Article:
Follow 5 basic guidelines to naming incorporated company
One business matter that is often overlooked or not properly reasoned is choosing an appropriate name for your business.
Many people just happen upon a name and do not put the forethought and planning into the name of their business. The reason why this is so important is that the company name will form the basis upon which the business and its products or services will be recognized, thereby building up what can amount to a considerable amount of goodwill and value to the business.
The first consideration is whether to simply register a business name under the umbrella of a sole proprietorship. Aside from the unlimited liability of this business structure that we have discussed previously, this type of business name registration provides minimal name protection and if you are planning on developing brand awareness through your business name, you are taking the risk that someone can come along and incorporate or trademark your name and you will be forced to compromise.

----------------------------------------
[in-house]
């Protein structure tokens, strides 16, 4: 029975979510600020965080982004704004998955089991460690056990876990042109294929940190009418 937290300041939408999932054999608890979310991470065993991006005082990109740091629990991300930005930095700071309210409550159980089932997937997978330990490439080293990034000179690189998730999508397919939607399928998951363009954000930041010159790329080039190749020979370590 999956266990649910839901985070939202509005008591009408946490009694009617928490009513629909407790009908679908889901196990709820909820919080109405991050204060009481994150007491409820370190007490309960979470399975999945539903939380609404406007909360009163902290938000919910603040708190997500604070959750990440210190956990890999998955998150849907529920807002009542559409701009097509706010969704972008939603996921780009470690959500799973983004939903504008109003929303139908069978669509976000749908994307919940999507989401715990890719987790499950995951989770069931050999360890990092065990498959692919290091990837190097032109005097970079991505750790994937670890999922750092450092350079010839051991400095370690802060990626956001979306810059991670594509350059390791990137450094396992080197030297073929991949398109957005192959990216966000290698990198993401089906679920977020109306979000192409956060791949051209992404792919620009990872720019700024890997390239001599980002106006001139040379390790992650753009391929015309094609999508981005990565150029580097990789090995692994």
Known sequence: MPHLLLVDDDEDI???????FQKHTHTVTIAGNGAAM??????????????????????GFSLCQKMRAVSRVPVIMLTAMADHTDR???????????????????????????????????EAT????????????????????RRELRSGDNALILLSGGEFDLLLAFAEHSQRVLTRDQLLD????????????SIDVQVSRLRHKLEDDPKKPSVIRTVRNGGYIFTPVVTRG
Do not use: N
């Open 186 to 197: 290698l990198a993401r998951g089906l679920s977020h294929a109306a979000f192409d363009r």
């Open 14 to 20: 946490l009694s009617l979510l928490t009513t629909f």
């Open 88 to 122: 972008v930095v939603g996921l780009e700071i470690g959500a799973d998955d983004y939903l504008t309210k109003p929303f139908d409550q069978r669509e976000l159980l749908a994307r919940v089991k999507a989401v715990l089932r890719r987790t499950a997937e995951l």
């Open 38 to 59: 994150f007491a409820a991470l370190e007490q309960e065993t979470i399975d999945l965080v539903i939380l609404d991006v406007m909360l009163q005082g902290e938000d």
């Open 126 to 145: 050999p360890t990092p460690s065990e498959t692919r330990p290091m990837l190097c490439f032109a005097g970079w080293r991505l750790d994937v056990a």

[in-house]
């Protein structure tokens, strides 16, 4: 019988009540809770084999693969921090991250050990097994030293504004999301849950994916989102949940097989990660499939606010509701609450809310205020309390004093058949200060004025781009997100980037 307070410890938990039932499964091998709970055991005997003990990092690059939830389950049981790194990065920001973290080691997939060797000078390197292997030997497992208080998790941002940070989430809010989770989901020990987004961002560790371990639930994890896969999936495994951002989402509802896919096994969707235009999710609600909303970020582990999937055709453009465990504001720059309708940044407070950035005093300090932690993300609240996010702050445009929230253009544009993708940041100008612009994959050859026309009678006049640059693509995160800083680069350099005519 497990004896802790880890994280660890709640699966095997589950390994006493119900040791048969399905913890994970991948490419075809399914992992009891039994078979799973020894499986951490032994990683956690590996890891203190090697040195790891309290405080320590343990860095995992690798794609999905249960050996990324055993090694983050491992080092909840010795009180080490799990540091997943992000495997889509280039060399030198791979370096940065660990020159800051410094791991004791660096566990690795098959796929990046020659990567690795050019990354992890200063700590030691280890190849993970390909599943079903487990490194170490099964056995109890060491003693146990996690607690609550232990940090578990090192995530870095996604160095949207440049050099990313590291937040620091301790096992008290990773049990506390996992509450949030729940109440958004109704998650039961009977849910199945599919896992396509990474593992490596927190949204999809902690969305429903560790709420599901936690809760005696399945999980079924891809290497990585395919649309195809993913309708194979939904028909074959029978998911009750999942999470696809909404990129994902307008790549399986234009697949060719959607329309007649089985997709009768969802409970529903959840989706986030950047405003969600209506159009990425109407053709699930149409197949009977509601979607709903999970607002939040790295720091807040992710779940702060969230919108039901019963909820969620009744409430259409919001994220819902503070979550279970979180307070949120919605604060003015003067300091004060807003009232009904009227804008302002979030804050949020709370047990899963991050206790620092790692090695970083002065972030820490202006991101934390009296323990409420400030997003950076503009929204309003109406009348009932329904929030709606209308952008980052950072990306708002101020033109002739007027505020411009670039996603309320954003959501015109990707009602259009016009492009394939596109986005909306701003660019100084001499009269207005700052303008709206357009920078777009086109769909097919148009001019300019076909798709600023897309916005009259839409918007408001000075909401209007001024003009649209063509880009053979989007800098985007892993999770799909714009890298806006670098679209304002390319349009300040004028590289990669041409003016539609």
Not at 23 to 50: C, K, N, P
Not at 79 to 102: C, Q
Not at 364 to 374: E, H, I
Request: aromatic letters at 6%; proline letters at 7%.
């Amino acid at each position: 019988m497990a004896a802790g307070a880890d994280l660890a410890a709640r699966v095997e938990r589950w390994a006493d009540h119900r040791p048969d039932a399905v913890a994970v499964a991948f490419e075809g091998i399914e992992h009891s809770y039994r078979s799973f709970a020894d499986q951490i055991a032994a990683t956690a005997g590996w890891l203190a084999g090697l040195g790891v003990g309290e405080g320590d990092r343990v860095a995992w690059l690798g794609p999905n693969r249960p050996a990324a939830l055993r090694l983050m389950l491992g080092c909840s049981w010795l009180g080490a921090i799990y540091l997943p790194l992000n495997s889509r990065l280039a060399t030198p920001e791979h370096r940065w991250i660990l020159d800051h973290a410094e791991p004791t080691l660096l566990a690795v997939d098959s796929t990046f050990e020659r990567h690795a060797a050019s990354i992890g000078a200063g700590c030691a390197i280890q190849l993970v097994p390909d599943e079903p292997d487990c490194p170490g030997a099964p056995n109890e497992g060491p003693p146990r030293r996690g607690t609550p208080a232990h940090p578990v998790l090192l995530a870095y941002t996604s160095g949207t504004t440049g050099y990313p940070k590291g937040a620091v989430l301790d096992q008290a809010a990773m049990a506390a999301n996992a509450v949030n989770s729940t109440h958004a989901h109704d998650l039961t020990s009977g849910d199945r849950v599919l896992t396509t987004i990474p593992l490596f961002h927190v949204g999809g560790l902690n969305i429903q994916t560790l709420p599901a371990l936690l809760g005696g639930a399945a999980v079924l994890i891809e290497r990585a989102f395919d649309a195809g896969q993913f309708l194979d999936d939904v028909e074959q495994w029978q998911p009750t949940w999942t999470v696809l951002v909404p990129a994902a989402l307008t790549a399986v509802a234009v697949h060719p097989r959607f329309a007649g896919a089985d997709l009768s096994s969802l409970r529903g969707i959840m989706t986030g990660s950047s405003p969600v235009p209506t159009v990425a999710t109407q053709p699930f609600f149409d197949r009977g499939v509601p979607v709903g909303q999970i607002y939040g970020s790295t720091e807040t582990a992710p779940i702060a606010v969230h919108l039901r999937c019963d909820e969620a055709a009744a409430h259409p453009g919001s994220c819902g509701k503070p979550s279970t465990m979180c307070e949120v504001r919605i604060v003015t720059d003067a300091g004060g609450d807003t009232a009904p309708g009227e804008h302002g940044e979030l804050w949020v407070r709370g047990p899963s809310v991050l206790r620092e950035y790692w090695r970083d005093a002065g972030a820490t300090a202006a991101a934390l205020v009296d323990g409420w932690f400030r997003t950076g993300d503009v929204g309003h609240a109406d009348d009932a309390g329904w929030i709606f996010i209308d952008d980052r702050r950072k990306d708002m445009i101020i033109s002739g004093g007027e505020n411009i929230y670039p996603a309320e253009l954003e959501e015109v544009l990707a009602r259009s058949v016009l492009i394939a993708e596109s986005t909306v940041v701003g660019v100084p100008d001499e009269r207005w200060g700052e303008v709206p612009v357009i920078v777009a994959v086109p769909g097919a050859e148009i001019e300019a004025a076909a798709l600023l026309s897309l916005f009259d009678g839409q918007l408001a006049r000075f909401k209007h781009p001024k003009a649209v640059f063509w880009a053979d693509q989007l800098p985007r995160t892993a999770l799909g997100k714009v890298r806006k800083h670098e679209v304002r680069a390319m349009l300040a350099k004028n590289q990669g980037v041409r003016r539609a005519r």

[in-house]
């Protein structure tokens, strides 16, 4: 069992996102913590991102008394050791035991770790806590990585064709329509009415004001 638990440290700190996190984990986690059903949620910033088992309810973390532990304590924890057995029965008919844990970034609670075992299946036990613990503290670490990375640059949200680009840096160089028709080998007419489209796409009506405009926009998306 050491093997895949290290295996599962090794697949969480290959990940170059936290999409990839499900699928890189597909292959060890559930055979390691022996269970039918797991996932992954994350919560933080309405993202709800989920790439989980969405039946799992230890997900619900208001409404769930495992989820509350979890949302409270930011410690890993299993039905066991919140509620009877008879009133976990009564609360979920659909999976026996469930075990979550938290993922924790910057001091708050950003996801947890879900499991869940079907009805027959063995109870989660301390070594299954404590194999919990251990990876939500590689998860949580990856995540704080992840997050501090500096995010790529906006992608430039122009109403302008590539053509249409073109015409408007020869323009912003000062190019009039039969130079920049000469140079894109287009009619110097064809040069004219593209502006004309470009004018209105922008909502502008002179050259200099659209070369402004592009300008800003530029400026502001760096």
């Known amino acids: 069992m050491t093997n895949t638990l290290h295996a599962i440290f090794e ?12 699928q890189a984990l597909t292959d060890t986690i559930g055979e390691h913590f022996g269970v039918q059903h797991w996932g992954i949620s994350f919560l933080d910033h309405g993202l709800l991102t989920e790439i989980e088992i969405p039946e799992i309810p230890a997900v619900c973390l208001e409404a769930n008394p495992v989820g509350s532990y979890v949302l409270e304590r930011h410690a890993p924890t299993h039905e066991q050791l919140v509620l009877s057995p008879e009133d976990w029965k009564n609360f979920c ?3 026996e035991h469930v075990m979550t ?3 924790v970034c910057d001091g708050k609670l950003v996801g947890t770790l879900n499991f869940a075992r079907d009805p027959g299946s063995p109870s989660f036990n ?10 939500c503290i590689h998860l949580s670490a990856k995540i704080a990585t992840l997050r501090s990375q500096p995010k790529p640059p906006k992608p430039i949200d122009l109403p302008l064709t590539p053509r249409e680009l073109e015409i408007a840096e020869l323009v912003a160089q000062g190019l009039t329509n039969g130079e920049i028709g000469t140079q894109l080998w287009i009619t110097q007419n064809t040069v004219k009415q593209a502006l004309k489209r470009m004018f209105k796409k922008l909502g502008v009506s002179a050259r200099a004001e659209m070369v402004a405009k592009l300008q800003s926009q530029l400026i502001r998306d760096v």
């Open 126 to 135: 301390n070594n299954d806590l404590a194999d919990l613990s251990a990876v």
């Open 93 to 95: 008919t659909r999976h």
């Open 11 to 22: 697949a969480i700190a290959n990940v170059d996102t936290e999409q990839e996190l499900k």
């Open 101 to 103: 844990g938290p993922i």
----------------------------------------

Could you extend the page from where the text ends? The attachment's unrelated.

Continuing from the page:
There are some simple guidelines when choosing a name for your incorporated company:
- The name is suitable for the company and the market in which you are working.
- It is relatively short in length and memorable.
- It is distinctive enough to differentiate your company from your competitor.
- From a federal perspective, names that can be interpreted as confusing, containing certain terms (i.e., Royal) and require personal consents may not be allowable. And ...
- The name must not infringe upon any existing corporate name or trademark. In order to ascertain if there are existing businesses or trademarks registered in Canada, you will need to obtain a N.U.A.N.S. search which clearly sets out the registered businesses.
Talk to your marketer and lawyer — the last thing you’ll want later is a letter from another owner name that conflicts with yours.
Jeffrey D. Cowan, B.A., B.Comm, LL.B., M.B.A., is the Principal of Cowan & Taylor, Barristers & Solicitors which practises in the areas of business and real estate law. Cowan appears in Your Money every other week. E-mail email@example.com call 416-363-5046 with questions for future columns. The information contained in this article should not be relied upon as legal advice.